Note the term “settlement agreement”.  GIH did not restructure the loan. The amount was not repaid in cash. Rather the bank took securities to settle the loan as is clear from an analysis of the firm’s cashflow statement and note 11.  The absolute increase in assets in note 11 is much more than the amount shown on the cashflow statement.
A single customer was responsible for 77% of the write-back.   A quick scan of annual reports back to 2012 suggests--but does not prove--that GIH has held this provision since at least 2011. 
The same note states:  “Loans are granted to GCC companies and individuals and are secured against investments in the funds and securities held in fiduciary portfolios by the Group on behalf of the borrowers.”
Why didn’t GIH seize and realize the collateral long ago?  Why hasn’t done the same with the borrowers representing the KD 5.9 million in unused provisions?
One explanation might be that legal processes in Kuwait are painfully slow.  Thus, GIH was legally unable to seize the collateral and extinguish the loan, but rather forced into prolonged negotiations with the borrower. 
That the reversal came at just the “right” time to protect earnings is certainly a remarkable coincidence.  Perhaps difficulties in 2015 caused management to redouble its efforts to collect.  Perhaps a long period of negotiation finally came to a close.  From the financials, it does not appear that GIH gave the borrower a discount on the asset swap.
Loan Portfolio:
Is there room for more earnings positive settlements with borrowers?
Net loans are KD 1.6 million = gross loans KD 7.5 million less provisions of KD 5.9 million (note 13). 
That KD 5.9 million would appear to be able to fund a few “timely reversals”.  
Particularly because Global holds KD17.8 million (fair value) collateral as per note 25.2.2 page 57.  That’s 240 percent coverage of the gross amount of the portfolio.  One might argue and AA certainly would that there doesn’t appear to be a compelling reason to hold a loss reserve when collateral coverage is so high.   
But there’s more.
Global is accruing interest on the gross portfolio because KD 490K in accrued interest in 2015 equates to a whopping 21% per annum yield on the average net loan portfolio. (Simple average of 31 December 2015 and 2014 amounts).  It’s a more reasonable 4.8% on the average gross portfolio.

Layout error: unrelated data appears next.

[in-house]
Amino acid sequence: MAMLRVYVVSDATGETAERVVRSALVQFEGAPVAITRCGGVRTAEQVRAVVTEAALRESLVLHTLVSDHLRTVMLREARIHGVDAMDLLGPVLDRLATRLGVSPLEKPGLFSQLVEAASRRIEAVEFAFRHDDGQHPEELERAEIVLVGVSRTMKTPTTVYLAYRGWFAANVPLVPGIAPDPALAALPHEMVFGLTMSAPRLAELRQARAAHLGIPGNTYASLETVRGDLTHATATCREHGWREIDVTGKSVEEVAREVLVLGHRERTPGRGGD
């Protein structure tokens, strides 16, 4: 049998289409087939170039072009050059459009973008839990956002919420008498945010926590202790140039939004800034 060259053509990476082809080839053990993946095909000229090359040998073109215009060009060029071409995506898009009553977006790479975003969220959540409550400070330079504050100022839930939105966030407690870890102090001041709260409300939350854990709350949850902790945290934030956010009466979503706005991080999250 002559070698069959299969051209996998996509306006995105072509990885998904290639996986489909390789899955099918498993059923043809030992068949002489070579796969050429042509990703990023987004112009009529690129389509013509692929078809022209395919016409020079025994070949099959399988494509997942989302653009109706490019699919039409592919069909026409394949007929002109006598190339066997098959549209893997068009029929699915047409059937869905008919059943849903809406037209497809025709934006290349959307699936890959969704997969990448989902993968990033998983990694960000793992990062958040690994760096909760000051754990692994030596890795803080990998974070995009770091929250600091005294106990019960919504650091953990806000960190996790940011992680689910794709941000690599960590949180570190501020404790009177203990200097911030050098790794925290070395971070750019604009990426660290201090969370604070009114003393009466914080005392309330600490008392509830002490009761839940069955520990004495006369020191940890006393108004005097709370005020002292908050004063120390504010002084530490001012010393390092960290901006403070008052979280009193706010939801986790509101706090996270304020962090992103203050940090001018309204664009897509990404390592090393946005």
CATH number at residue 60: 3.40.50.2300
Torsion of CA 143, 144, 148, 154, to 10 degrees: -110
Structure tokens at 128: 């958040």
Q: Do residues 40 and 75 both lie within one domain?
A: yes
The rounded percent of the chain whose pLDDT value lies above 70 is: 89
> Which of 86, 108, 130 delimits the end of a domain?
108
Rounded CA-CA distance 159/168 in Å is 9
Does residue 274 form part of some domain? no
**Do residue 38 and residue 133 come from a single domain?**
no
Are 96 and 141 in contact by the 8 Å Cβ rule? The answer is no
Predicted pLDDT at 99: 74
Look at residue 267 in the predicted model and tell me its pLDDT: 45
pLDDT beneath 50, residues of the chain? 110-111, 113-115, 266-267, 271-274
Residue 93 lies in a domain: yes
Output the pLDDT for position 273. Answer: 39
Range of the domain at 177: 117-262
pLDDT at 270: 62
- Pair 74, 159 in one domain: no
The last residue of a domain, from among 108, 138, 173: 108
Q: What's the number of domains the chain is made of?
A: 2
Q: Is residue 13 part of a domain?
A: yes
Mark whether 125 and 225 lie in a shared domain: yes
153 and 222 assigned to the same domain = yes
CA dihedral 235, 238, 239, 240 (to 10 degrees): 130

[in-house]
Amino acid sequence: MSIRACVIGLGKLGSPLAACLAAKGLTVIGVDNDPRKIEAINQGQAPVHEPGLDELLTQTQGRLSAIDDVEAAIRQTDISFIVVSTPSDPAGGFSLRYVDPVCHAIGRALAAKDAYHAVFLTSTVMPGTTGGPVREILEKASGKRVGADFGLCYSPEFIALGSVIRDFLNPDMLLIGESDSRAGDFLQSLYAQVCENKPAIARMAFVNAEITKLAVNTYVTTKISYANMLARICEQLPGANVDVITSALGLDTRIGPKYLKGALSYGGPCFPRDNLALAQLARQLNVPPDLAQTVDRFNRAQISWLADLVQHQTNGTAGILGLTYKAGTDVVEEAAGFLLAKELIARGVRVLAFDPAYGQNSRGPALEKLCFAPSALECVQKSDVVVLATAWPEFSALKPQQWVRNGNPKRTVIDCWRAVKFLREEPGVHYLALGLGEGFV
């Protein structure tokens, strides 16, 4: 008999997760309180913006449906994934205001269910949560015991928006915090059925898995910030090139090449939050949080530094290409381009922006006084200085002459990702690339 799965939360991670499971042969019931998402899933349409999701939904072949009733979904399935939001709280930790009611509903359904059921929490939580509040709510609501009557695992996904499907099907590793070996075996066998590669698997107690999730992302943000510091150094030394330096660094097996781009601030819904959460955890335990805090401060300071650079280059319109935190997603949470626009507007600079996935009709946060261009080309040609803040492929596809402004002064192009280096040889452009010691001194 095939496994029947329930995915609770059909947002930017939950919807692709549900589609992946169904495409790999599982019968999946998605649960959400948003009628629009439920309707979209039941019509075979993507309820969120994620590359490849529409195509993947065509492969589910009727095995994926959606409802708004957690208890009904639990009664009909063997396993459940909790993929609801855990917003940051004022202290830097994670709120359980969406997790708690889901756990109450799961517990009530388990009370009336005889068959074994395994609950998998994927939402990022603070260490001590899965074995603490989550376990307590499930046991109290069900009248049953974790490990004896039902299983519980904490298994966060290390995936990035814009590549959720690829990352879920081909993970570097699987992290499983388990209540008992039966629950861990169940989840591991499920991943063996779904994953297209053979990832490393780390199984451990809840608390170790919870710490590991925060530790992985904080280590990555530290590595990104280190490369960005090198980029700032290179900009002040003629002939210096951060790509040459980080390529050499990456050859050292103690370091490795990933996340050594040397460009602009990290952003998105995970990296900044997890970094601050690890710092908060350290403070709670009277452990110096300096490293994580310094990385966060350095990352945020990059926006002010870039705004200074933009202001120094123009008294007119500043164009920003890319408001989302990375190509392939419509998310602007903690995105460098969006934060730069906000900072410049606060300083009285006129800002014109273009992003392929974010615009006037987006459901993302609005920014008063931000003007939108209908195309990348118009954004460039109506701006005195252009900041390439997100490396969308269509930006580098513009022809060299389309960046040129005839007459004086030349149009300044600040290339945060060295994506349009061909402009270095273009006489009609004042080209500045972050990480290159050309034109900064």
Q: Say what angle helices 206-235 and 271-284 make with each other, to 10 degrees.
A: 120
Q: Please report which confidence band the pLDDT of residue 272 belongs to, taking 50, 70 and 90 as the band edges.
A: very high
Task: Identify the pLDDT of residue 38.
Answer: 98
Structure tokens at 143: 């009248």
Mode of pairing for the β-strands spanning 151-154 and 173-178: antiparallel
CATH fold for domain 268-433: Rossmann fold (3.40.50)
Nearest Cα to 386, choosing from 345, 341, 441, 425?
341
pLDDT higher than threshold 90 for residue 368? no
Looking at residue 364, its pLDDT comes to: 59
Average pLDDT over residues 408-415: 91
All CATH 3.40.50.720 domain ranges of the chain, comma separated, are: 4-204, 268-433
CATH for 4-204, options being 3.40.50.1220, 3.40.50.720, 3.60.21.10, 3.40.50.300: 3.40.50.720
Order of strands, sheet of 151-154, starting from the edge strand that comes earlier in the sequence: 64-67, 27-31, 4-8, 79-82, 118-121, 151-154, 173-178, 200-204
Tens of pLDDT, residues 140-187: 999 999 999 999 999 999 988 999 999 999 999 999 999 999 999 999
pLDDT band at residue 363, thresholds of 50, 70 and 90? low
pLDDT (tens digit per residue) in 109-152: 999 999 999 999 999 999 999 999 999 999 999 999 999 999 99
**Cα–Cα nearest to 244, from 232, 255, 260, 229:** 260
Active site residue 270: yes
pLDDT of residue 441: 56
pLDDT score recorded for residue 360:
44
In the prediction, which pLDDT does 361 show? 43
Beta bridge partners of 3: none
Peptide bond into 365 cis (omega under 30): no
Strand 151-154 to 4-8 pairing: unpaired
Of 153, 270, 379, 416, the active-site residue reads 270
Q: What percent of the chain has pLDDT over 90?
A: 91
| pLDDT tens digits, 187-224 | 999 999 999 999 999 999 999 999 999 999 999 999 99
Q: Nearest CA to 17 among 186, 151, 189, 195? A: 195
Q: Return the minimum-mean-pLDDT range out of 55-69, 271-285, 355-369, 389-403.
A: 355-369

To accrue interest, Global would either have to be receiving cash or have almost certain assurance of payment of the interest. 
The cashflow statement shows that Global did not receive cash payments in 2015 for about KD 500 million of interest accrued that year, an amount very close to the interest accrued on these loans.  Of course, the KD 500 difference could well relate to other interest bearing assets.  It could relate primarily to the loans but be due to timing difference:  the interest payment was received after 31 December 2015.  If cash is being received and Global holds such an excess of collateral, how does it justify maintaining the reserve to its auditors? 
On the other hand, if Global is accruing interest—but not receiving cash—, its justification is likely based on asserting that collection of interest is almost certain given the collateral it holds. If the interest is secure and again the collateral so much larger than the principal, then it would seem the principal is also secure and no provision is needed.
All this suggests to AA that Global has some “dry powder” for future contingencies.
Murabaha Transactions
Global is earning a princely 5.28% per annum on these one year transactions (note 12).  Not many good investments offer such a return for a one year tenor.  Kudos to GIH for finding this consistently attractive opportunity—5.24% in 2014, 5.3% in 2013, and 5.45% in 2012.
One would think that such rates would come at the cost of higher risk, but the provision is a modest KD 123K on some KD 3.1 million. 
One thing did catch my eye.  Note 25.2.2 page 57.   The murabaha receivables were more than 180 days past due (but not classified as impaired) as of 31 December 2015 and as well at 31 December 2014.  I didn’t see a reference to collateral for these transactions.  Of course, AA has been around the block a few times on “Islamic” banking transactions and knows that in addition to careful structuring (technically حيل) “Islamic” finance is one area of the faith where miracles occur with a dazzling regularity.
Notwithstanding the above, perhaps a provision of some sort would be warranted.  And could be accomplished by a simultaneous reversal of some of the loan provisions and booking of an equivalent amount as provision for the receivables.  But of course الله اعلم